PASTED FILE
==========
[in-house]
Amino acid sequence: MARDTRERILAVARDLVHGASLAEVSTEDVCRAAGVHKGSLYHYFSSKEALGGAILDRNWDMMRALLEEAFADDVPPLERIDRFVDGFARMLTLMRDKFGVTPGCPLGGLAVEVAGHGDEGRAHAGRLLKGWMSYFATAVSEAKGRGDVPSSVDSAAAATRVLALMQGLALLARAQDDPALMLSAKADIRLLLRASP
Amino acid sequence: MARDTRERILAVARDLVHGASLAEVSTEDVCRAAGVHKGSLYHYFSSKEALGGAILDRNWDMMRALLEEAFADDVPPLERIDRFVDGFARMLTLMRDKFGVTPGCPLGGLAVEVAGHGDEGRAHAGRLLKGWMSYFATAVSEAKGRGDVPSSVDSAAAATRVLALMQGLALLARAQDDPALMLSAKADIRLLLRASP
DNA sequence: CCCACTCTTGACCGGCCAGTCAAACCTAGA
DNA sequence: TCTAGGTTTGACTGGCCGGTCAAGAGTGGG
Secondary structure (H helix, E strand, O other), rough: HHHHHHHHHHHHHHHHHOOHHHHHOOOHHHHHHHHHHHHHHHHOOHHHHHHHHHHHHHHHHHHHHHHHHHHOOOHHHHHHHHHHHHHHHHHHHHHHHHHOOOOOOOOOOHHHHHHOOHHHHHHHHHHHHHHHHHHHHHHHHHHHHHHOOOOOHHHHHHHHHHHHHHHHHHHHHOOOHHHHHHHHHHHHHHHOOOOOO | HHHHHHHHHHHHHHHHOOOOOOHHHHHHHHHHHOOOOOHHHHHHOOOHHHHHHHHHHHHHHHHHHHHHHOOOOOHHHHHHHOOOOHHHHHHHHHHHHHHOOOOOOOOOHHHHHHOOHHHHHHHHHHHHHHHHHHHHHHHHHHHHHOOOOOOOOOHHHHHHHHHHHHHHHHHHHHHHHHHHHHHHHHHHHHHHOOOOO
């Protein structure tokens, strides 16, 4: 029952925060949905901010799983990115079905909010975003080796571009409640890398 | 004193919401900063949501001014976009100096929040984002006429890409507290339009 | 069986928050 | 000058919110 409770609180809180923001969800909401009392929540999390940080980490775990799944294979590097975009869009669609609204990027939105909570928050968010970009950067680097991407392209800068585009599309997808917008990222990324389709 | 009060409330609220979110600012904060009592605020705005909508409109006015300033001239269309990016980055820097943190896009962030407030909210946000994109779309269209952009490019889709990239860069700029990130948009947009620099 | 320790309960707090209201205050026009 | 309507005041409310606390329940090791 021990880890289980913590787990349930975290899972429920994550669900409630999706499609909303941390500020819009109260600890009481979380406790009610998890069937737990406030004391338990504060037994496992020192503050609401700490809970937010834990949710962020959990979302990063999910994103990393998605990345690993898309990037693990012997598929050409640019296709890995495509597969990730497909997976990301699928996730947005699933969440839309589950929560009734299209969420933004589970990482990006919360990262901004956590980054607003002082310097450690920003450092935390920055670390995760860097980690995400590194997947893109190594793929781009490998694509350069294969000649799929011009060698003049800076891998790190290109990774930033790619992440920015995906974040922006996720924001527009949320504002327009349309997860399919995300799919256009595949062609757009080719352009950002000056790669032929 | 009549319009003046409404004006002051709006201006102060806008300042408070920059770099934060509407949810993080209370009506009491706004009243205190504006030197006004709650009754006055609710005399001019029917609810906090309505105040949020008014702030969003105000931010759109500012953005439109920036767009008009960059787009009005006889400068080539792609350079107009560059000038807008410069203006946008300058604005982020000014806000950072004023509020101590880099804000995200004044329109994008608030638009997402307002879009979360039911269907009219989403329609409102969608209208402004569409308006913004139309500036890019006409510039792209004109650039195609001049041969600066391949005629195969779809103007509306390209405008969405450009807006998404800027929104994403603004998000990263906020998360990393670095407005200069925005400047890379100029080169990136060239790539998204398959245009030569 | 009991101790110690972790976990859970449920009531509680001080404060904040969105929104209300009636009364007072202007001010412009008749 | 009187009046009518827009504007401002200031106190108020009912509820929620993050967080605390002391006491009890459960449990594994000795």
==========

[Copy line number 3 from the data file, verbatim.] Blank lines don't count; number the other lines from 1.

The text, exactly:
Amino acid sequence: MARDTRERILAVARDLVHGASLAEVSTEDVCRAAGVHKGSLYHYFSSKEALGGAILDRNWDMMRALLEEAFADDVPPLERIDRFVDGFARMLTLMRDKFGVTPGCPLGGLAVEVAGHGDEGRAHAGRLLKGWMSYFATAVSEAKGRGDVPSSVDSAAAATRVLALMQGLALLARAQDDPALMLSAKADIRLLLRASP